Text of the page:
Letter from Grace Greenwood to John G. Whittier, Sept 9, 1849

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Letter from Grace Greenwood to John G. Whittier, Sept 9, 1849


Lippincott, Sara Jane (pseudonym: Grace Greenwood), 1832-1904


Greenwood writes to Whittier about her Greenwood Leaves, the first series is about to be published by Ticknor & Fields. She laments that she is only allowed to include stories but no letters. Ticknor and Fields, however, offered her to publish a second series in which she can include the letters. She confesses that her only wish right now is that the book sells many copies. She does not "not anticipate any increase of reputation" from the stories being published since she is more convinced of the quality of her letters.


New York Public Library


Lippincott, Sara Jane (pseudonym: Grace Greenwood), 1832-1904


NYPL Misc. Personal Name Files, D-Z. MssCol 2016, b. 64, Lippincott





Letter Item Type Metadata


[page 1] Grace Greenwood

[place illegible] Sept 9th 1849

Dear friend— I arrived here safe and sound yesterday forenoon—took dinner and went on up to Boston—for I found by a letter from Fields, which awaited me, that "something must be done pretty +++ quick" as the boy said in the thunder storm.—It seems that in a volume of +++ pages there will only be room for my stories—not a letter can be got in. I +++ I am a little disappointed, as I think my letters more tolerable than my stories; but +++ +++ +++ will consent to having any of the tales omitted. They say however that they will bring out of second series of "Greenwood Leaves" consisting of letters and essays, next summer, which perhaps is the better plan.—I do not anticipate any increase of reputation from the publication now—but if it will sell that is all I want, you know. Mr. Ticknor speaks with the umost confidence of its success. There is to be no portrait, but an illustrated

[page 2] title-page, or something of the sort. I gave your +++ to Fields, and he questioned me much about your +++ +++ —He is quite anxious lest you should give up the idea of the publication how, dear friend I hope you will not do so—I know you can make an admirable book of it, and why on earth you hesitate I cannot conceive I really dont [sic] know how +++  away from +++, when I had been so lazy and happy. I felt greatly depressed in the month, all the way to Lyon I keenly realized that I was a poor "love +++ creature", that "everything went contrairy with".—But I forbear—you will not understand my peculiar +++—I know that you have resolutely steeled your heart against such weaknesses—and I know also that "I feel more than other people do, and show it more. It's my misfortune"— Guess who [illegible crossed out] met [inserted] me in the cars, and escorted me from the station up to Ticknor's, yesterday!— Ah, I see it's no use. You never guess anything—Do you guess, Lizzie.—Think now— who's tall and handsome and smiling and altogether splendid— who looks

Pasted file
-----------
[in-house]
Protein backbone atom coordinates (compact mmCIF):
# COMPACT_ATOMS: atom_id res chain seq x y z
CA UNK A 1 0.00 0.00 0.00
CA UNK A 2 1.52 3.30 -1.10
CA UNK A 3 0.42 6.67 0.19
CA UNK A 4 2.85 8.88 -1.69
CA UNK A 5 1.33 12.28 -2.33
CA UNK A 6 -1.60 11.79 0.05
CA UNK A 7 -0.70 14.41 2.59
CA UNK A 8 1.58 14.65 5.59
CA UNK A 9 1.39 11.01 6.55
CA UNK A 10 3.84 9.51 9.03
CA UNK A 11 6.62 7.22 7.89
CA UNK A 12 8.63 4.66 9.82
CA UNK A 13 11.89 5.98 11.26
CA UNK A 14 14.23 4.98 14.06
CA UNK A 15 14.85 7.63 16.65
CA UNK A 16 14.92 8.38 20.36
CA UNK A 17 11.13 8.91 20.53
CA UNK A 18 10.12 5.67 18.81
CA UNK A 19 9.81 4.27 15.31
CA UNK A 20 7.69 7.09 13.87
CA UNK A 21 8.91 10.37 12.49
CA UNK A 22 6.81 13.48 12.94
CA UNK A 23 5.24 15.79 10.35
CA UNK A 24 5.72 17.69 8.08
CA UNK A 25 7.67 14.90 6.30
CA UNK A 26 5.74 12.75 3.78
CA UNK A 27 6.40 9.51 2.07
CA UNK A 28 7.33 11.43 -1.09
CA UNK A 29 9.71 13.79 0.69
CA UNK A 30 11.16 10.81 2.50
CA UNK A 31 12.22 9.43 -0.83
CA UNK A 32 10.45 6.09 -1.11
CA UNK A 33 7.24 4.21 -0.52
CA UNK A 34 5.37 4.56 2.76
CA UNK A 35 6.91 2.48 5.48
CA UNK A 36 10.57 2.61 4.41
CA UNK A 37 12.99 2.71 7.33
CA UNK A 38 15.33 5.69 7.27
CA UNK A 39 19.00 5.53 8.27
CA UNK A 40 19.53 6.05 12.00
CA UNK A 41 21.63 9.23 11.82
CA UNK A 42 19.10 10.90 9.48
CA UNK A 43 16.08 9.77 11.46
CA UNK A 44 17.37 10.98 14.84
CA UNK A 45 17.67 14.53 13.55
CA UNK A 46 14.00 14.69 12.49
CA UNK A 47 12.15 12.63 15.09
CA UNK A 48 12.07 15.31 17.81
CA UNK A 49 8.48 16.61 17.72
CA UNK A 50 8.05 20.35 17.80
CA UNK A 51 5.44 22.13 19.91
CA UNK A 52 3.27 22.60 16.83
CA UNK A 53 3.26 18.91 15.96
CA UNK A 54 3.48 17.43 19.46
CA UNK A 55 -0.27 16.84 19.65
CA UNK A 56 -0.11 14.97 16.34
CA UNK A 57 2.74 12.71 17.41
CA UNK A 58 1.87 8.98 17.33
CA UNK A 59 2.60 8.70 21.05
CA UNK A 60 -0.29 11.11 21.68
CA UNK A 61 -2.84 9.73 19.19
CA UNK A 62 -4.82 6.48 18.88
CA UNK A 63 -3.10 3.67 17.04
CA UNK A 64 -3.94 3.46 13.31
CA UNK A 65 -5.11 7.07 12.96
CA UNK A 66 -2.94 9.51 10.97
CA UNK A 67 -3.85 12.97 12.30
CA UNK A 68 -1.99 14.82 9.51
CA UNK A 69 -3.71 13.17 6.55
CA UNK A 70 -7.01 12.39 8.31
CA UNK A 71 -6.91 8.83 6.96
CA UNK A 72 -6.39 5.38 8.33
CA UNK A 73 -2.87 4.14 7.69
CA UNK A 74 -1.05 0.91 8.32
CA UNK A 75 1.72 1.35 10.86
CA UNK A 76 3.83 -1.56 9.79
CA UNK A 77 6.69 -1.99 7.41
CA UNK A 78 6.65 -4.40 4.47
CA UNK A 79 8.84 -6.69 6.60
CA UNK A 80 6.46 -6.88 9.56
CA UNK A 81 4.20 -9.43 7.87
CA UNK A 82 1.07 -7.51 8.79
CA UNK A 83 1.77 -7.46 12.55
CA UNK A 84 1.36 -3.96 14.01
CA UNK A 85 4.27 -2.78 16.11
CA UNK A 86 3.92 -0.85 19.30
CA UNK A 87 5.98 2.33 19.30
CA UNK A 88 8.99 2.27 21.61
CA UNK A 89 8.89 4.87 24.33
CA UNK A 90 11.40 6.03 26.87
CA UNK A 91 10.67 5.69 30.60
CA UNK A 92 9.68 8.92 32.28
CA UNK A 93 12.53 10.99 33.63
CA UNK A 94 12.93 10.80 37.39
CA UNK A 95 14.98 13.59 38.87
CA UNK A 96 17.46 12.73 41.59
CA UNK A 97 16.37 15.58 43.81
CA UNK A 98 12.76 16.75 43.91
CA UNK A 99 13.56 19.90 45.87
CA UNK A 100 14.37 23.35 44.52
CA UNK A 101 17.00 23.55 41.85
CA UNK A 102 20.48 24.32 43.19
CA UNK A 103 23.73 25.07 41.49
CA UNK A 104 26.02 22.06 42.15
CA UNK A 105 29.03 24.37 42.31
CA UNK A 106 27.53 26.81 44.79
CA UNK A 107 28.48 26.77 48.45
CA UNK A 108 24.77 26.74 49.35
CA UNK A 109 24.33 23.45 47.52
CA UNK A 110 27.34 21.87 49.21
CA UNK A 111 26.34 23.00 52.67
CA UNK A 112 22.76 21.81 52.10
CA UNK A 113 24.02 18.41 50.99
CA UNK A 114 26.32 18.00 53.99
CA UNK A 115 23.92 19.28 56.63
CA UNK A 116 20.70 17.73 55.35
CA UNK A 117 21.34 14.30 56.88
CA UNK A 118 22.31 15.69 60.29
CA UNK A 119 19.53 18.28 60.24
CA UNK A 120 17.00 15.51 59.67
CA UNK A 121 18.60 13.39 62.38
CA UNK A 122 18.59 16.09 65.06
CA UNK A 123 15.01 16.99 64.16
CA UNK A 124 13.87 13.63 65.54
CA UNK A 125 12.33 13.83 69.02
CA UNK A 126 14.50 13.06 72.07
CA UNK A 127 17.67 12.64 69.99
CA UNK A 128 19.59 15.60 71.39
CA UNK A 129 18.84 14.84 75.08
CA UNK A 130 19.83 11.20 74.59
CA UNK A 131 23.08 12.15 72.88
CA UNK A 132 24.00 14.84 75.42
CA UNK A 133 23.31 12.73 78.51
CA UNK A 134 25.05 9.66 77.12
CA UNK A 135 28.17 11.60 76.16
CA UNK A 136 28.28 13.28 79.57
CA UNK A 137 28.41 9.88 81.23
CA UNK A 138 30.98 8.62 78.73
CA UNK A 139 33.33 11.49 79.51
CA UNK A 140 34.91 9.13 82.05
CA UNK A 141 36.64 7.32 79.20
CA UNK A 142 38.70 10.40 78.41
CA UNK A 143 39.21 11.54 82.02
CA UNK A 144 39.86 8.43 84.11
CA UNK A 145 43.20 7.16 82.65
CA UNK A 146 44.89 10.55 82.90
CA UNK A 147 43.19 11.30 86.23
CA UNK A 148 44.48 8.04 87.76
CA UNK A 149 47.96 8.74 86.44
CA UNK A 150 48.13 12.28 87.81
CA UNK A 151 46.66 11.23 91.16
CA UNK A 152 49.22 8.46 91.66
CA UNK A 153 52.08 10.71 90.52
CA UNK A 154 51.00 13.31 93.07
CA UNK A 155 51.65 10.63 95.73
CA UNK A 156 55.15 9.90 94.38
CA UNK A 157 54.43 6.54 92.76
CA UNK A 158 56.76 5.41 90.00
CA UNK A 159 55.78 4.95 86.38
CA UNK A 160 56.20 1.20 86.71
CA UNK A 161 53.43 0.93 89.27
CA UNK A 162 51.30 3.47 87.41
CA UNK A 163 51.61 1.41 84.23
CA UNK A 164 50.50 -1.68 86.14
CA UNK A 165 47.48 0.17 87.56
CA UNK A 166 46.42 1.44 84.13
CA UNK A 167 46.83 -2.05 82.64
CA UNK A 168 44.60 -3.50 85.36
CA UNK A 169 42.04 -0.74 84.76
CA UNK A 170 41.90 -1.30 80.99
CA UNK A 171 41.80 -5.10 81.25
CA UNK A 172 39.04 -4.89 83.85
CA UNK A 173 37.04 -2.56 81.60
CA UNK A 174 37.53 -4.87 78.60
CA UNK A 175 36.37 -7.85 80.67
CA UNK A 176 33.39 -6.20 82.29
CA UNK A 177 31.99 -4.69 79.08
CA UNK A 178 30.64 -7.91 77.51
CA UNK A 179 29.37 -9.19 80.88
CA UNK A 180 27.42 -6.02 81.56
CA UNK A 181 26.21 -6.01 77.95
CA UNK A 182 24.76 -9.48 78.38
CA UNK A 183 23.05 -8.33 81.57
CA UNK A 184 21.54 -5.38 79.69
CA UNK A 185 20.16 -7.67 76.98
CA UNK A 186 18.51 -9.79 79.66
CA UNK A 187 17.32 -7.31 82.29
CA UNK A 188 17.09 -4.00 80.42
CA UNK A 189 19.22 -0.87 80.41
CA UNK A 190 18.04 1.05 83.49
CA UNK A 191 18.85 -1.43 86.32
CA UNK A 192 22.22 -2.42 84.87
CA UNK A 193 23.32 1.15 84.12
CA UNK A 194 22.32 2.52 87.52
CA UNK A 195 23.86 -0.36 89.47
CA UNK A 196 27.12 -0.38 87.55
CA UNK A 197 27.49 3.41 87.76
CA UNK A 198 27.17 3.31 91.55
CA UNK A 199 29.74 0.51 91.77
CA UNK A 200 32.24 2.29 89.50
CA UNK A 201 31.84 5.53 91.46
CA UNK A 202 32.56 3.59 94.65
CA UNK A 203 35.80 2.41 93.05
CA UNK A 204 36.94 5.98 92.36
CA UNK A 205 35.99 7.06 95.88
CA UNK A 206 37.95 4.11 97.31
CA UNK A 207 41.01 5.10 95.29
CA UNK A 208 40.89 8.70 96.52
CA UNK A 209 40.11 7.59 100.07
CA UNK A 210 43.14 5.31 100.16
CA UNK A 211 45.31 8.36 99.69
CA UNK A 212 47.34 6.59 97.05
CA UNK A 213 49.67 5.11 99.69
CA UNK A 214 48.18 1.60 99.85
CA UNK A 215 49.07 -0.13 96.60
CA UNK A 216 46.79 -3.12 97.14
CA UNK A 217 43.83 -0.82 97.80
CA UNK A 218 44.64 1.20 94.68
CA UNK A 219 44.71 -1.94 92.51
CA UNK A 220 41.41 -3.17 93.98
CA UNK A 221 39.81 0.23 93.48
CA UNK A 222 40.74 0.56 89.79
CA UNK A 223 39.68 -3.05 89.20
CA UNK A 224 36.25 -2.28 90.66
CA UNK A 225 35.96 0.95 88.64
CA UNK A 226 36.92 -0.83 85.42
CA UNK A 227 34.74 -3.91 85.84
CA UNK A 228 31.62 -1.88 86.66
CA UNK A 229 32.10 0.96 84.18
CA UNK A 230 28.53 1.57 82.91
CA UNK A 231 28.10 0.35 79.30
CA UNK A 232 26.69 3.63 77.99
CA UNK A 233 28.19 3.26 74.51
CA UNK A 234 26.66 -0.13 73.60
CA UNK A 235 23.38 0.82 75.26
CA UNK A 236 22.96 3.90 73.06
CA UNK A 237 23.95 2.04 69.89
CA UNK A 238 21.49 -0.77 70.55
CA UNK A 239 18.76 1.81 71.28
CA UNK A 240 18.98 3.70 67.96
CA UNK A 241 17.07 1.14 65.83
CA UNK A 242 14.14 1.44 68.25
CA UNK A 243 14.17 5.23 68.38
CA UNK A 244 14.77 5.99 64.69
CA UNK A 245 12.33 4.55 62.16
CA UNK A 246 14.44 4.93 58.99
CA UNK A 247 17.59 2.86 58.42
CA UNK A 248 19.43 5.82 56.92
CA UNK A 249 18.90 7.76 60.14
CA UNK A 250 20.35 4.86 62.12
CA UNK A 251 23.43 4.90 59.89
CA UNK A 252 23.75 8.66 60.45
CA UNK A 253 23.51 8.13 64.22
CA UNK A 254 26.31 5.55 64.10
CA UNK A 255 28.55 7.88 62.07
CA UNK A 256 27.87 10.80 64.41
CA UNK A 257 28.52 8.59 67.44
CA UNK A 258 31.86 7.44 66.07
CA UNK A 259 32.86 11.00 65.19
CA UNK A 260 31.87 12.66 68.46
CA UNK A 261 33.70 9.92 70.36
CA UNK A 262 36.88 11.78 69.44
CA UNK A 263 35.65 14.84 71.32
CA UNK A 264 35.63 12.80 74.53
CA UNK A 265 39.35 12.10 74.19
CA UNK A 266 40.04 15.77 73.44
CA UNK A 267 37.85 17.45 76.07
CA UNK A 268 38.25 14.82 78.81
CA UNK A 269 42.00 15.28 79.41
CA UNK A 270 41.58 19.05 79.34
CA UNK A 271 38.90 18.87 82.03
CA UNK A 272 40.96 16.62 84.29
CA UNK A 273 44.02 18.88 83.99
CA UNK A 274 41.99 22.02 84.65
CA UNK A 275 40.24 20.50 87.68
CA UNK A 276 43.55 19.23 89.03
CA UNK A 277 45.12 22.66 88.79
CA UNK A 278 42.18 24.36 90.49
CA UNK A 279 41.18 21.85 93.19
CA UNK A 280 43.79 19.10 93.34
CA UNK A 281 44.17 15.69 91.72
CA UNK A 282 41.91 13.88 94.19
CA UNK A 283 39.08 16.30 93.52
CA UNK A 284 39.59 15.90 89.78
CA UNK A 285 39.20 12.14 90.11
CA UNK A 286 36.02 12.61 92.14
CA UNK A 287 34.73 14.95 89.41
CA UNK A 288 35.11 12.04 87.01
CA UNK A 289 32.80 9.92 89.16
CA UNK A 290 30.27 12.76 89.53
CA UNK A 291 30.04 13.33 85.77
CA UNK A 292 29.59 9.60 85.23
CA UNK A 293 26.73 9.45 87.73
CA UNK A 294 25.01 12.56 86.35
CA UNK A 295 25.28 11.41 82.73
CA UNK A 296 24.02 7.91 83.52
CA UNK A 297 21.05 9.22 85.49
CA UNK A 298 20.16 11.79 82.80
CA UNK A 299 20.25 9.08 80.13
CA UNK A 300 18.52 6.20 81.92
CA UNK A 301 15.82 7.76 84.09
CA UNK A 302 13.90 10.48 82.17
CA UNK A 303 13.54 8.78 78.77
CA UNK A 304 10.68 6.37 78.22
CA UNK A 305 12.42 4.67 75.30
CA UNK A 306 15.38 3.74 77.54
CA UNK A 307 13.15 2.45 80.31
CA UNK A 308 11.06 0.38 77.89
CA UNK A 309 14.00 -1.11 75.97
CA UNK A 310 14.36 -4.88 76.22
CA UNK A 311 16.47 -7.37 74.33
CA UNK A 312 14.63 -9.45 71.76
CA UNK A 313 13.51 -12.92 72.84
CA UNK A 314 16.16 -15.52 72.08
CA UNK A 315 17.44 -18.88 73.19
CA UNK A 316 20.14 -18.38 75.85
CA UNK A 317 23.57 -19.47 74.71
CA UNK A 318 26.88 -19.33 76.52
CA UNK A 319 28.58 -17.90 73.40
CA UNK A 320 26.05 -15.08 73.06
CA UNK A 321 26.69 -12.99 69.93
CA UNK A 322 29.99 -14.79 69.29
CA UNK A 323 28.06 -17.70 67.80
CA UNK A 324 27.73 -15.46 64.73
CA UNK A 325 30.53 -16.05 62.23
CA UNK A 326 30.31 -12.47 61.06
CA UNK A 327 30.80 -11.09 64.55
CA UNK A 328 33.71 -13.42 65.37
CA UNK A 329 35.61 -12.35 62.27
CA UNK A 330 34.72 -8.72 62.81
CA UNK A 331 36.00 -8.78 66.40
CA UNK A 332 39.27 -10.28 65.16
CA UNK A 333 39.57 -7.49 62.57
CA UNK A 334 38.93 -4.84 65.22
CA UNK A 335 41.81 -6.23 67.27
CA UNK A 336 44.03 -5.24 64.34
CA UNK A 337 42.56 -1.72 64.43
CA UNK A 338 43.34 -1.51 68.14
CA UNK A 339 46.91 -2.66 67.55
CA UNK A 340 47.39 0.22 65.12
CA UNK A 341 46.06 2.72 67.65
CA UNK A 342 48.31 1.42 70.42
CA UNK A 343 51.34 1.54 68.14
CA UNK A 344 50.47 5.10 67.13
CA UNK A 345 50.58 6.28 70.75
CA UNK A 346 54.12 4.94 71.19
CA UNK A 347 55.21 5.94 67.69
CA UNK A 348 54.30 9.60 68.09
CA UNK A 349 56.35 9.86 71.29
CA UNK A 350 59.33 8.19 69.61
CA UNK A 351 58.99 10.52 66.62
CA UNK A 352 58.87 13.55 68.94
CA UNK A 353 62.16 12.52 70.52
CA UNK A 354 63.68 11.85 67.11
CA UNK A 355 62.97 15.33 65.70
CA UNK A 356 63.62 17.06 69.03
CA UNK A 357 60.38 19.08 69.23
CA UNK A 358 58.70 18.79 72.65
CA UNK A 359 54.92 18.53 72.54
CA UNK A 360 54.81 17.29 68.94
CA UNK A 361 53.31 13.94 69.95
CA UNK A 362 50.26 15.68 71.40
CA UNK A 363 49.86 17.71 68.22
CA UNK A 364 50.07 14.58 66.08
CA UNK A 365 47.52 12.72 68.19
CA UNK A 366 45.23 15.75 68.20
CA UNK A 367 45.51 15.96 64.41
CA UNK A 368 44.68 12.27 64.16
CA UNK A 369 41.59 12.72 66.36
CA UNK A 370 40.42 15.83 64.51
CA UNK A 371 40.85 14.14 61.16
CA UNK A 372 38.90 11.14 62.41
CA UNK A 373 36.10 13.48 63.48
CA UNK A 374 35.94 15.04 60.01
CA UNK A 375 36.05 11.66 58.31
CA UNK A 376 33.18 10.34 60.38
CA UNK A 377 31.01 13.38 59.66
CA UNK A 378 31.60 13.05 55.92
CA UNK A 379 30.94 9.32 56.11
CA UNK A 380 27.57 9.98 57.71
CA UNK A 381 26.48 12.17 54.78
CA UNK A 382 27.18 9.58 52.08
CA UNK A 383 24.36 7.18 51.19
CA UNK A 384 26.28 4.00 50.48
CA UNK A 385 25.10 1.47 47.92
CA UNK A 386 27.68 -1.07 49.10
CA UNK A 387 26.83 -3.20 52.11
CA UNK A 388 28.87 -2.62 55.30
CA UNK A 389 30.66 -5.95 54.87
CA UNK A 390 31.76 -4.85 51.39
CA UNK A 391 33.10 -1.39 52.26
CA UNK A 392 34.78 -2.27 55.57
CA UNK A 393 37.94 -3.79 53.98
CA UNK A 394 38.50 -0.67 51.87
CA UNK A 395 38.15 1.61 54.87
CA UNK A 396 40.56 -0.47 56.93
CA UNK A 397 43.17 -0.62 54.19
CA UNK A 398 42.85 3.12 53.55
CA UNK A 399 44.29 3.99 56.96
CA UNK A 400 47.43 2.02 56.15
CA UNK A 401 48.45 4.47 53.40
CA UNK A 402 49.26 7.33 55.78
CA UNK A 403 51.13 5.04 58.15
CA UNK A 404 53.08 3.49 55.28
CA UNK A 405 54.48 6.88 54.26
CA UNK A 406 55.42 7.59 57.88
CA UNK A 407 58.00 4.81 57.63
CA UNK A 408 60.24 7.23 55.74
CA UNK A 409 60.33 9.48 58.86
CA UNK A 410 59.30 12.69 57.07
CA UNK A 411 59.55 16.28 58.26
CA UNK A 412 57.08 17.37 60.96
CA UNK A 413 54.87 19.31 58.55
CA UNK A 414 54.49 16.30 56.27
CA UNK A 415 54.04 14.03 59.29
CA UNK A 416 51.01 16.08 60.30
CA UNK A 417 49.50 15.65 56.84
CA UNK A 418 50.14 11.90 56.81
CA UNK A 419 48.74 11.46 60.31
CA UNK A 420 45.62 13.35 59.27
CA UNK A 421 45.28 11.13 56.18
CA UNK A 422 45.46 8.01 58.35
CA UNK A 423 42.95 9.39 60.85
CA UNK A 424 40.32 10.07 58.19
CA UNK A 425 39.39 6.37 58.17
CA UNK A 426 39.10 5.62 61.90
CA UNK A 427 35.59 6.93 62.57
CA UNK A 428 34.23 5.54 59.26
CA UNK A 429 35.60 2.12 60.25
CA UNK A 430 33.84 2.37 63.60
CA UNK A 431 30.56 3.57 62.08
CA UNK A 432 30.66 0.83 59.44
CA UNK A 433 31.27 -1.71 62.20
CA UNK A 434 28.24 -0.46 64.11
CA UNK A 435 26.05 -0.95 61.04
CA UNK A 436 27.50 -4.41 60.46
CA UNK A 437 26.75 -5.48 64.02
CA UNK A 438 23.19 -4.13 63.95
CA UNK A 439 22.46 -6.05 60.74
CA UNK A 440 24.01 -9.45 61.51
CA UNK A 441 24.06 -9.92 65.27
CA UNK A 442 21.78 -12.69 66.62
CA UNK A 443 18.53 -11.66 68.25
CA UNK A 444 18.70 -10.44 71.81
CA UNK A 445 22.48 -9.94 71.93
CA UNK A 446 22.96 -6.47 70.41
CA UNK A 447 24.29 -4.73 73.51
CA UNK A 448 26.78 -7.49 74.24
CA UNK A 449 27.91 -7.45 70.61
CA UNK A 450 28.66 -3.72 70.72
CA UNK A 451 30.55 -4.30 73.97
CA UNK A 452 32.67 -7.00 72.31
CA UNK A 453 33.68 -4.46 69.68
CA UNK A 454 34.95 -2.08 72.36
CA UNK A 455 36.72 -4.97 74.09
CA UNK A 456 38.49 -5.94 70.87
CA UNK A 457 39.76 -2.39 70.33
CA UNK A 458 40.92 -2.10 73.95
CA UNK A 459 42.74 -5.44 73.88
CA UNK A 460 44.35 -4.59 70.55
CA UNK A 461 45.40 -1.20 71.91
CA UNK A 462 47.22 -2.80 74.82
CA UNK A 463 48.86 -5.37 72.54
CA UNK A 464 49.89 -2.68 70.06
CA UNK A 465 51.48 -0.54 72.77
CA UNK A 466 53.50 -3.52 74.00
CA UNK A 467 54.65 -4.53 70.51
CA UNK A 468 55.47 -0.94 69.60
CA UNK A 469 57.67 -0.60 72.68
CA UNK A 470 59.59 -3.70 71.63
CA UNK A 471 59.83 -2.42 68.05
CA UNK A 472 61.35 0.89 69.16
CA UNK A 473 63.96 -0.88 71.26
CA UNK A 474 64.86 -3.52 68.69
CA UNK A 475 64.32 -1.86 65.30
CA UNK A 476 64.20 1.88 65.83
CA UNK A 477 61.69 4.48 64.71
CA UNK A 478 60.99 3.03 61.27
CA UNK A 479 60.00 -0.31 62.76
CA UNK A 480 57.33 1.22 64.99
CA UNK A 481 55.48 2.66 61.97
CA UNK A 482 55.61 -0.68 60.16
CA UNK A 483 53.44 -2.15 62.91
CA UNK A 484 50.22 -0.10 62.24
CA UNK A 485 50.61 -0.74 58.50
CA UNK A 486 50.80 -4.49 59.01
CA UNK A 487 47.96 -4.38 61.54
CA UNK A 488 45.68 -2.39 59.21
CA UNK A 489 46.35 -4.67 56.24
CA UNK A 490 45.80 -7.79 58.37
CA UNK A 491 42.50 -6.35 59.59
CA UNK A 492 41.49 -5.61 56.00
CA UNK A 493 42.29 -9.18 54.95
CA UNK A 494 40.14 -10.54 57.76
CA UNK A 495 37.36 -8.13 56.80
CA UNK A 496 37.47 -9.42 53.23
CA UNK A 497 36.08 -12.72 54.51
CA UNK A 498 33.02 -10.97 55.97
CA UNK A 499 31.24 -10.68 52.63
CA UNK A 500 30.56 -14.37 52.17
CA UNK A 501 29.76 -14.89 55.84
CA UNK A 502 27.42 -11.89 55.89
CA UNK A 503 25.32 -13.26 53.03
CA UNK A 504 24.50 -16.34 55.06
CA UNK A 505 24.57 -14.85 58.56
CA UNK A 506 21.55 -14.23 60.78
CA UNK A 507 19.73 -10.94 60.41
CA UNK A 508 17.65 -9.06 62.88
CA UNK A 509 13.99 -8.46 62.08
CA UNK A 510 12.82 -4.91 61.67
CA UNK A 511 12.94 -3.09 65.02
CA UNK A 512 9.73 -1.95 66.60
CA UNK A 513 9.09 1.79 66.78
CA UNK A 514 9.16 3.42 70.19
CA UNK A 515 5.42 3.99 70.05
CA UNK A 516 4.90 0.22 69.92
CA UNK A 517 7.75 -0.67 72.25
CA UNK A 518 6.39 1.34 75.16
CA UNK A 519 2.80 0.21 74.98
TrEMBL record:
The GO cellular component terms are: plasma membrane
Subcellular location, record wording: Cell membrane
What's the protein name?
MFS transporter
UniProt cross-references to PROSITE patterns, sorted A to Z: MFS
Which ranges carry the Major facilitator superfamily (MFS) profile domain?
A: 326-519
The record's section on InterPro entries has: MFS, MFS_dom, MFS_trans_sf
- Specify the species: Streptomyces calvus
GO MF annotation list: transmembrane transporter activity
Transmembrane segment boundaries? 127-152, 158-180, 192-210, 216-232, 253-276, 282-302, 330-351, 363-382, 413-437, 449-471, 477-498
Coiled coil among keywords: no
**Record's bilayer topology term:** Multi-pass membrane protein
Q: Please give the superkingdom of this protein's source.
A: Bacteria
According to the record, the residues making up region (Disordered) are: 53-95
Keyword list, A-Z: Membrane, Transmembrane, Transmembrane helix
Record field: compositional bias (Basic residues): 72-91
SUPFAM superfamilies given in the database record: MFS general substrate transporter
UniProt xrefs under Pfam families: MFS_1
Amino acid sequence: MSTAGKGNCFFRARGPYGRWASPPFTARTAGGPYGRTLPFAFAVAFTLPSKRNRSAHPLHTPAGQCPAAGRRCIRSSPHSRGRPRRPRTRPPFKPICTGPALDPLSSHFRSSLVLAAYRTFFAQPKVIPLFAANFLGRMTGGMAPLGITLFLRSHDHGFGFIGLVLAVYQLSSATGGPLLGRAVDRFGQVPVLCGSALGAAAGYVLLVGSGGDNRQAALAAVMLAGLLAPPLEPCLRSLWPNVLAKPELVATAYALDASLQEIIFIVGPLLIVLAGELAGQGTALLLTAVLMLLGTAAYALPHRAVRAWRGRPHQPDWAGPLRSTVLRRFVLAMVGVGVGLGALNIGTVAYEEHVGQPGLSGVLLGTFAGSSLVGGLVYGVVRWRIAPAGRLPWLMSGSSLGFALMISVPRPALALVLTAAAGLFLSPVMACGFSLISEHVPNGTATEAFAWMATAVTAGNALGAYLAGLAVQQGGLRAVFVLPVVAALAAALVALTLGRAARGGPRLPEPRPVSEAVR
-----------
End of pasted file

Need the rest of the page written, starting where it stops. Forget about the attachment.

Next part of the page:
[page 3, seems unconnected to previous page, maybe last page as written on the other side of page 4?] It has been my misfortune to have seneral blots get on to my paper from some ink being spilt on the table.—Dont mind them, my friend. they mean respects, and other pleasant sentiments. (Them's [?] hair lines—back then.) It is night—rather late in the night and I feel impressed with the +++  that I should say a few serious and earnest words to my friend, before I slumber. Let me [illegible inserted] solemnly caution you against spending too much of your time with the fascinating +++ against +++ fits—against making fame of Mrs. Bird—against maltreating poor pup[?], as you too frequently do—afflicting her with a tale of sore distress, as though she were but a feline personation of a patient public and in particular against the fault of extravagence—extreme affability hopefulness, mirthfulness and hasty  and inconsiderate confidences. In this time of progress, I have hopes for you yet.—

[page 4] particularly well on the water!—who has a transcendental slouch to his hat, and an unitarian swing to his coal-tails? "Oh, Thomas Higginson!"—Why, you witch, you!—how came you to guess! I am happy to say that his +++ made himself, or rather was quite naturally and easily, very agreeable. I felt well acquainted with him,— but alas, he is not like +++. +++ and a few other pleasant worthy and hospitable men, a +++, hope that you and "the other one" will write to the "love +++ creature" once in a while—when you have nothing  more light and elegant employment— no more sacred duty to perform—no more destitute and deserving colored sister to aid and comfort. Pardon my nonsense—I happen to be "i' the mood", and it must out. I hope that you will take care of yourselves,—I trust that if this chilly weather continues you will not allow to suffer from cold a venerable sybil you +++ of though you in your little faith looked upon her as a  very Trojan on [both words inserted] Cassandra
Best love to your mother and Lizzi
Seriously and faithfully yours

[added in different handwriting: —. G Lippincott "Grace Greenwood"]

John G. Whittier—


Lippincott, Sara Jane (pseudonym: Grace Greenwood), 1832-1904


Lynn, Massachusetts

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Lippincott, Sara Jane (pseudonym: Grace Greenwood), 1832-1904, “Letter from Grace Greenwood to John G. Whittier, Sept 9, 1849,” Archival Gossip Collection, accessed April 22, 2024, https://www.archivalgossip.com/collection/items/show/542.

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